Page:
Lilac, lovelace / remind me of / your true grace
About four years ago I tripped across a band called The Lost Patrol. Since then I’ve noted their work a number of times: they made my best CDs for 2007 and 2008 reviews; their music served as a key element in a piece on the nonlinearity of influence; and they were the subject of a TunesDay post on the band’s “epic retro-futurism.”
Their lead singer when I found them was one Danielle Kimak Stauss, a woman whose hypnotic vocals haunted Steven Masucci’s vast, empty musical landscapes with an ice-cold passion that bordered on the transcendent. After 2007’s superb Launch & Landing Stauss and the band parted ways, and while LP has produced two wonderful CDs in the interim (featuring new singer Mollie Israel), Danielle was nowhere to be heard. Read more
There are all kinds of fun arguments to be had over which band is best or whether one’s taste is critically defensible (*cough*Brian used to listen to Madonna and Gloria Estefan*cough*) and, of course, my favorite – can we separate what we like from our critical faculties (that is, is your “favorite” list different from your “best” list)?
But there’s one sure measure of what music we really care about the most, for whatever reason, and that’s how much of our money we spend on it. So today’s TunesDay question is this: what artists do you own the most music from?
Feel free to answer however makes sense, and yes, we take into account the fact that you may own everything from a band that quit too soon. I have one of those myself. Here’s my list: Read more
The results of last week’s Name Those Bands contest are in. In first place we have … a disqualification, sorta. Our friend Ubertramp logged in with an impressive 47 of 53. Seriously, that’s pretty damned good. But he has disqualified himself because I’m the one who turned him onto most of these outstanding artists and he felt like he might as well be cheating under the circumstances.
Wow – sportsmanship. What a concept.
So our next highest scorer, and the official winner, is … Read more
We went to see The Killers at DU last night. A few stray thoughts, in no particular order of importance.
1: There are air raid shelters with better acoustics than Magness Arena. I’m guessing it makes for a suitably noisy hockey barn, but let’s just say that it’s sub-optimal for a concert. Still, the crew managed to make the band sound pretty darned good, all things considered. So a tip of the hat to the sound guys.
2: M83, the opening band, is good. Really good. Read more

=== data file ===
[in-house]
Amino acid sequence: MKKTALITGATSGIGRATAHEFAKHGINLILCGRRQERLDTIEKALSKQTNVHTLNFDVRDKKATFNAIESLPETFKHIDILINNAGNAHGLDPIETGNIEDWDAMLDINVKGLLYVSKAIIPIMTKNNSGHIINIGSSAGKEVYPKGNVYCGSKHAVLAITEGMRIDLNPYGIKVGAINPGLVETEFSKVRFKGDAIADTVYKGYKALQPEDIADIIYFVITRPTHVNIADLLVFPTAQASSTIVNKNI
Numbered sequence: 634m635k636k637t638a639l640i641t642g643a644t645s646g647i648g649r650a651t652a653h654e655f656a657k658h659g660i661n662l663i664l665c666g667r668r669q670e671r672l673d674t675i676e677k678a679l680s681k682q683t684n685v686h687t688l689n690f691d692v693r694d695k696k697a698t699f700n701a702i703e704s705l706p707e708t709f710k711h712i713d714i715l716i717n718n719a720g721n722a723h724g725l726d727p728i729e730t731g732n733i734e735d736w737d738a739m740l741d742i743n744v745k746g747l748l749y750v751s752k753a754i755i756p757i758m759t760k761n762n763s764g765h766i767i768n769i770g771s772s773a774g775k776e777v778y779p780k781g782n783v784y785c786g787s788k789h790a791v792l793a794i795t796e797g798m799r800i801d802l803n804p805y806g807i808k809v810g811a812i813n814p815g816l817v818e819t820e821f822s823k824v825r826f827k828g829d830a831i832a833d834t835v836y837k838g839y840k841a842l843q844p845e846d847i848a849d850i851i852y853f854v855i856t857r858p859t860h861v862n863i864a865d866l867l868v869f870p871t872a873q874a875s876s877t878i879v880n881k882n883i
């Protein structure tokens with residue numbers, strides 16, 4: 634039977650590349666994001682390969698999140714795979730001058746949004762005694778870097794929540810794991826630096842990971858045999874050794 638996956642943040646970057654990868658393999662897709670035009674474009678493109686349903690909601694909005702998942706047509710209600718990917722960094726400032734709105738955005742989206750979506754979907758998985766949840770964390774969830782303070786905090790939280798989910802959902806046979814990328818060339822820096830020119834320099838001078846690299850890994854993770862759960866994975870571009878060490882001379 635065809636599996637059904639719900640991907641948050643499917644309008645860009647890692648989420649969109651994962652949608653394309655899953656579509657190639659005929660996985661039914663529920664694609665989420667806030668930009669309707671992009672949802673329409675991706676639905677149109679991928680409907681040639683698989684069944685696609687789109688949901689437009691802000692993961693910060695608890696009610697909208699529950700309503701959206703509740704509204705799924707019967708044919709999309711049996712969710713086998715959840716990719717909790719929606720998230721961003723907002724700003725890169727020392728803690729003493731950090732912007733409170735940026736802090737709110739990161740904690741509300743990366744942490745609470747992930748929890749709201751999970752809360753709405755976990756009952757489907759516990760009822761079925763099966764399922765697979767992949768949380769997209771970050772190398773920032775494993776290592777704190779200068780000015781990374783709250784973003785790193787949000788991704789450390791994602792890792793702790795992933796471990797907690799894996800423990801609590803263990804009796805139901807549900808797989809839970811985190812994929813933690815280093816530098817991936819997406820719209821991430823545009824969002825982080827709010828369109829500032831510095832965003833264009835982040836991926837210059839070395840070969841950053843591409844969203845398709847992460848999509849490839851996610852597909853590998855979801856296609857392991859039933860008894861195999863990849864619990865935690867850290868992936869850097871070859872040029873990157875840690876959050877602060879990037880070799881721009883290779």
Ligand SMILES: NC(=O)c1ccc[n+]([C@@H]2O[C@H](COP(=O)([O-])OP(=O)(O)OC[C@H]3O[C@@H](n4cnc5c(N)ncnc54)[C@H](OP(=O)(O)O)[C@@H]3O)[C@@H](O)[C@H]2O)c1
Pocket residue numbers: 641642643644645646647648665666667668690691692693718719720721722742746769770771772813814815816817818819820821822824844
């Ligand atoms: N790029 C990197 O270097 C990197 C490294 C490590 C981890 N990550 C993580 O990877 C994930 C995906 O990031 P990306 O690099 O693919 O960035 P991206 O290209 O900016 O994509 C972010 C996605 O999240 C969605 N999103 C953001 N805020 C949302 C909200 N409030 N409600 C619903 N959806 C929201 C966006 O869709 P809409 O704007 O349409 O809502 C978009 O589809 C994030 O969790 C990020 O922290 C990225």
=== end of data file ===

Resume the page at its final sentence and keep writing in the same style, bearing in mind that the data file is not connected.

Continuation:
Most years are pretty good for music if you know where to look, and 2008 was no exception. It’s a shame that you have to search so hard, of course – once upon a time all you needed to keep track of what was good in the world of music was a radio. These days it requires a little effort, though, and while I lost count a long time ago, I probably sampled a few hundred CDs in the last 365. Thank the gods for the Internet and a growing network of friends who make sure to let me know whenever they hear something worthy, huh?
This is part one of three. The Platinum LP Awards will be along soon, and that will be followed by the CD of the Year post. So here we go with last year’s Gold Awards for Very Good CDs. These are in alphabetical order, more or less. Band Web sites link to the band name, and if the CD is available via eMusic, that links to the CD title. If you want to purchase from eMusic, click on the link in the right column for a really good deal (as in lots of free downloads).
Here’s how the blurb at CD Baby puts it:
Cinematic ethereal, spaghetti western flavored retro-futuristic music with powerful female vocals. // A sweeping, cinematic, wide-screen journey that combines ethereal sound scapes with surf-tinged guitar. Perfect for those late night rides across the desert with the top down.
Uniquely original retro-futurism.
Yeah, that’s fair. But there’s a lot more to say about The Lost Patrol and their new CD, Midnight Matinee, which has quickly vaulted onto my list of likely 2008 platinum awards. Read more
Below is my Best CDs of the 1990s list. I never kidded myself for a second that I could produce a definitive review – if I can’t even convince myself that the list is as good as I’d like it, I can hardly fault others for disagreeing here and there, can I?
In the end I wound up deciding on a Top 25 list, and I also offered comments on 25 more honorable mentions. The whole thing, top to bottom, is something like 10 pages worth of reviewing, analysis, and self-defense. I even employed multiple methodologies. First, I tried laying it out by a “connoisseurship” model – that is, I made my own estimates based on my own sense of how things qualitatively met the criteria I established for the project. Then I played a little game where I weighted each criterion and then rated each entry mathematically, thereby generating a quantitative estimate. This had the effect of making me seriously reconsider my initial rankings (for instance, it forced me to give Pearl Jam more credit than I really wanted to – see below for more on that).
Then I sent the list to some friends whose opinions I respect and invited criticism (which I got, in spades – thanks, Greg). That forced some more noodling. Then I set about writing and justifying my picks, and that ALSO led to some revision (if I have a hard time justifying its place in the Top 25, that could mean I’m over-relying on my “like” reflex). Read more